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Post Summit Post: Plone the do-ocracy

February 11, 2008

Peoples thoughts and experiences of the Plone Strategic Planning Summit 2008 is starting to drop in to the blogosphere, and just like the rest I had a great time. If there is just one reason to use Plone it’s the amazing community. If commercial software companies wine and dine the customers, we give the customers a yearly excuse to go to the best conferences available: The Plone conferences. In that respect, the summit was just what I expected, loads of great people having a great time, and coming up with great ideas.

In other respects, it was exactly what I did not expect. I expected a small conference where a plan for the nearest future of Plone would be decided. It was nothing of the sort. Instead, we were during three days exposed to what was referred to as “secret Google technologies”. That label was tongue-in-cheek and almost completely incorrect, as they were neither secret, Google or technologies. These techniques instead involve large measures of self-adhesive paper in various sizes and colours, and markers also in various colours (and scents, but that’s optional). These were used to great effect to let everybody know roughly what everybody else’s opinions were. And this is what the summit was all about: Communicating everybody’s ideas and opinions to everybody else, so that we could see which of all our ideas and opinions that had a general support in the Plone community.

Why is this important? Plone is not a democracy, were one community member has one vote. It’s also not a meritocracy, where people who have shown themselves worthy get to decide where Plone goes. Instead it’s a “do-ocracy“. It is the one who does the work that decides how it should look. If you want something done, you do it. Not all open source projects work like this. Most open source projects have a very small number of people that have commit access, for example, while Plone has relatively many contributors. This contributes to the chaos of Plone, but this inclusive culture is also one of Plone’s greatest strengths.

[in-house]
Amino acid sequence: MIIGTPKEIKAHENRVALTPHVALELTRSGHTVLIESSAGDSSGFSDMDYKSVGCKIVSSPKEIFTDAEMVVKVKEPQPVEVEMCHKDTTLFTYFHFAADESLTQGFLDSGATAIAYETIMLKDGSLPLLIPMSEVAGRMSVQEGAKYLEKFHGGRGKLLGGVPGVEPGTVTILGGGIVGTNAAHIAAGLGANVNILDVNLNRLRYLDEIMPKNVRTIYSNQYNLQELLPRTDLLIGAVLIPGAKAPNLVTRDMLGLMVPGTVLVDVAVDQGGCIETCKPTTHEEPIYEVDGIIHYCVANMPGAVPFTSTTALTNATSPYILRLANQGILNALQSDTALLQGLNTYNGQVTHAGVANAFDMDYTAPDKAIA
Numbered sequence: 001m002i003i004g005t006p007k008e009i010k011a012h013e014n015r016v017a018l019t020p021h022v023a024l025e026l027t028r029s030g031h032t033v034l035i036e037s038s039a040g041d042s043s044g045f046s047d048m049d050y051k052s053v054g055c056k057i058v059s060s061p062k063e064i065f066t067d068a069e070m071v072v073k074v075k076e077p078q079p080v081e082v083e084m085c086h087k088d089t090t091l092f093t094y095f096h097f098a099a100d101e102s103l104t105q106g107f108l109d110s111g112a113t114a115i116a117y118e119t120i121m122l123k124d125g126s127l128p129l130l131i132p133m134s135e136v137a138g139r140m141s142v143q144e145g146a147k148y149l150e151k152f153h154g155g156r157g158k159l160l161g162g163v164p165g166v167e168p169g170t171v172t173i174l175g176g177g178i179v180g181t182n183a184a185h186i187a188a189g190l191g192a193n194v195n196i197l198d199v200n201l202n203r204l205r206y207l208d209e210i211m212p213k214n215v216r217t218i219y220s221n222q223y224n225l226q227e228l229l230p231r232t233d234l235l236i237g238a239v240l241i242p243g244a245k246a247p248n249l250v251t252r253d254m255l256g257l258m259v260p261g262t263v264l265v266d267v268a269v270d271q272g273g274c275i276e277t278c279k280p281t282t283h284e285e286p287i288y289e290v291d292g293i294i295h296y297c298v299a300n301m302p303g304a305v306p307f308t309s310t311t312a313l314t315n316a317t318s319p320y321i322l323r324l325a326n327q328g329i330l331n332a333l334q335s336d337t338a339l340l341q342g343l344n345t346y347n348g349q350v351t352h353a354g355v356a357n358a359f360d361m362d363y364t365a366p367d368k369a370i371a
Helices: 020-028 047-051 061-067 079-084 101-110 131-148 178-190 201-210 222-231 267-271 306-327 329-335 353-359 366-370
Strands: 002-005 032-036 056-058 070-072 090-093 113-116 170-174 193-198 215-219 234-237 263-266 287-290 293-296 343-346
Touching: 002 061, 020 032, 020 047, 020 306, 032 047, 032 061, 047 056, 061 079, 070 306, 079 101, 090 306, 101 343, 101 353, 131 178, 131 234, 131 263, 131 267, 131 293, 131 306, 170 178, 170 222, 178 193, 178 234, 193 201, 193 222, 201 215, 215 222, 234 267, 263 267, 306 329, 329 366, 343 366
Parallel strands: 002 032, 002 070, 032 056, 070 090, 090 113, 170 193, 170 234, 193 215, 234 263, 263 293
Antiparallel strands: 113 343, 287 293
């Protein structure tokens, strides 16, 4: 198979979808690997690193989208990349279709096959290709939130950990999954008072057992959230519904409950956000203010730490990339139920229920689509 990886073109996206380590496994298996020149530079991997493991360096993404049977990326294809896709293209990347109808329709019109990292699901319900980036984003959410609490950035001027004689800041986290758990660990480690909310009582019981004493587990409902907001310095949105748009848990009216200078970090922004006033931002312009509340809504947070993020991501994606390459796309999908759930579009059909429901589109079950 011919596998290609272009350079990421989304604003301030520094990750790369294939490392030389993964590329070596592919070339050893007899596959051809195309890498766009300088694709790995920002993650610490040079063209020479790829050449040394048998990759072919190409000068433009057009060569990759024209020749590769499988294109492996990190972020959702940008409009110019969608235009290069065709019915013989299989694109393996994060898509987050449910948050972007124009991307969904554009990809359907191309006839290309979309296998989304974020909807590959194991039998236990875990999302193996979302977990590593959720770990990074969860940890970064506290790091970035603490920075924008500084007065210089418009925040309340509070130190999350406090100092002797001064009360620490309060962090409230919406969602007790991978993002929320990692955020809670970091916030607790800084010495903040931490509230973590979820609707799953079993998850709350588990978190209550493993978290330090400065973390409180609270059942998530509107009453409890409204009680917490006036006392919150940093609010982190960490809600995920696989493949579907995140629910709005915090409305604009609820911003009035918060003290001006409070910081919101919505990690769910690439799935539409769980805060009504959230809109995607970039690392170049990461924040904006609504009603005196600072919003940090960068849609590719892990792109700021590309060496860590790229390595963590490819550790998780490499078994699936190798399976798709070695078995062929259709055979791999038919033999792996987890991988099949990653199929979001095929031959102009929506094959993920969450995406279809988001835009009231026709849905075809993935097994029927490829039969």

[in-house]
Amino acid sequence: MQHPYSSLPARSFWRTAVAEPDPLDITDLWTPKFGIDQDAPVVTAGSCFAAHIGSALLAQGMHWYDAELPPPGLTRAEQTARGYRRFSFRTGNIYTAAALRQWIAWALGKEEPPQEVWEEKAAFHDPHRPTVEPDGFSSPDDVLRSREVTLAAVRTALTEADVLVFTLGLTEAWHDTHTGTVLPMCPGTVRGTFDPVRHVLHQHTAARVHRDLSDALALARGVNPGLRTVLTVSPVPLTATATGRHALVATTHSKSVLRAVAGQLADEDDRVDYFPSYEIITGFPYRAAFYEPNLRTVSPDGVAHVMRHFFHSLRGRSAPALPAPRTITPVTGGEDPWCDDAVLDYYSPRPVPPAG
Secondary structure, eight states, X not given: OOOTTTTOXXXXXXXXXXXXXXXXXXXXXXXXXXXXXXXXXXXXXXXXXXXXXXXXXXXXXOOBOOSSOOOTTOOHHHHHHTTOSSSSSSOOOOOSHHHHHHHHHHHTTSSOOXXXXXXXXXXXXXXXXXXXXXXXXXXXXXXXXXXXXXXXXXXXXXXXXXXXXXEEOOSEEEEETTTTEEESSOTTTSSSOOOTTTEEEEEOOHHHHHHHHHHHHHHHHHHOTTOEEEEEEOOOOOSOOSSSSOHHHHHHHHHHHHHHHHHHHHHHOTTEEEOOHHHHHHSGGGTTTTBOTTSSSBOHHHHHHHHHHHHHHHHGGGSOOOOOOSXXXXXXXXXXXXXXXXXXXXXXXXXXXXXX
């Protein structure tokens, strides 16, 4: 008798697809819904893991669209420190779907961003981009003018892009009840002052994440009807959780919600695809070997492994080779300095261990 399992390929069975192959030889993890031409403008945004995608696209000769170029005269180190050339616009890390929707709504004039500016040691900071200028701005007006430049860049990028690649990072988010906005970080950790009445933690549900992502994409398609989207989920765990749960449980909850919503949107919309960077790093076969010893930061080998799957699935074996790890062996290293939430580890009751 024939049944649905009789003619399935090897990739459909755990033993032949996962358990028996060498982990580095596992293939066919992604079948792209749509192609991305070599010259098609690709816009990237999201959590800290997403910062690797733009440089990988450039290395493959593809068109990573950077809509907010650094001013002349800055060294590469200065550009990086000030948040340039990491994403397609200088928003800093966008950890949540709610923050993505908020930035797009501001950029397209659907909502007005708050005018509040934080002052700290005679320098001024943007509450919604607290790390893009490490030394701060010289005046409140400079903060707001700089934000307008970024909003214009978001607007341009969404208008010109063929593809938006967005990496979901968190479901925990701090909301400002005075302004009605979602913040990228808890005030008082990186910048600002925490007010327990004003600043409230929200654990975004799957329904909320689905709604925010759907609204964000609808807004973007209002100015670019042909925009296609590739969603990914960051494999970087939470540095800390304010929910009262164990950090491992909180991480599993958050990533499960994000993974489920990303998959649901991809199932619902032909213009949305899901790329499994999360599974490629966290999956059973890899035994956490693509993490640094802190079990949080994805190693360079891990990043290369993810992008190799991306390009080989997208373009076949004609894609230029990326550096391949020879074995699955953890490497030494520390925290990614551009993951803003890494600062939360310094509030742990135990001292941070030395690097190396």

This also means that a summit, no matter how fancy the name, does not take any significant decisions. Instead we all do, everyone in the community, by doing what we think is the right thing to do. This means that the purpose of the summit was not to decide the future, but to give all of us as individuals a feeling for what of all our wild and crazy ideas that others are interested in. This helps us focus our efforts on those tasks that other will appreciate, and create things others have use of, and not just create things for ourselves that nobody else uses.

Again we see the power of emergent features to rise out of a sea of individualism. Plone rocks.


From → plone, zope

One Comment
  1. I think do-ocracies are the norm for open source projects. At least this has been my experience. A counterexample might be XFree86, which turned into a meritocracy based on people’s past contributions, instead of a do-ocracy based on people’s present contributions. As a result there were a lot of “core” developers who weren’t doing anything but providing stop energy for those people who did want to do something. The result was a much-needed fork (, and from what I can tell the effective death of the XFree86 project.

    The XFree86 team organization reminded me a lot of *BSD, which have also had forking problems, and would probably have been forked more except that disaffected people do better just switching to Linux. In both cases there were “core” groups with a sense that you earned your way into core with contributions and then kind of had tenure, and as time went on the core group started growing more and more slowly.

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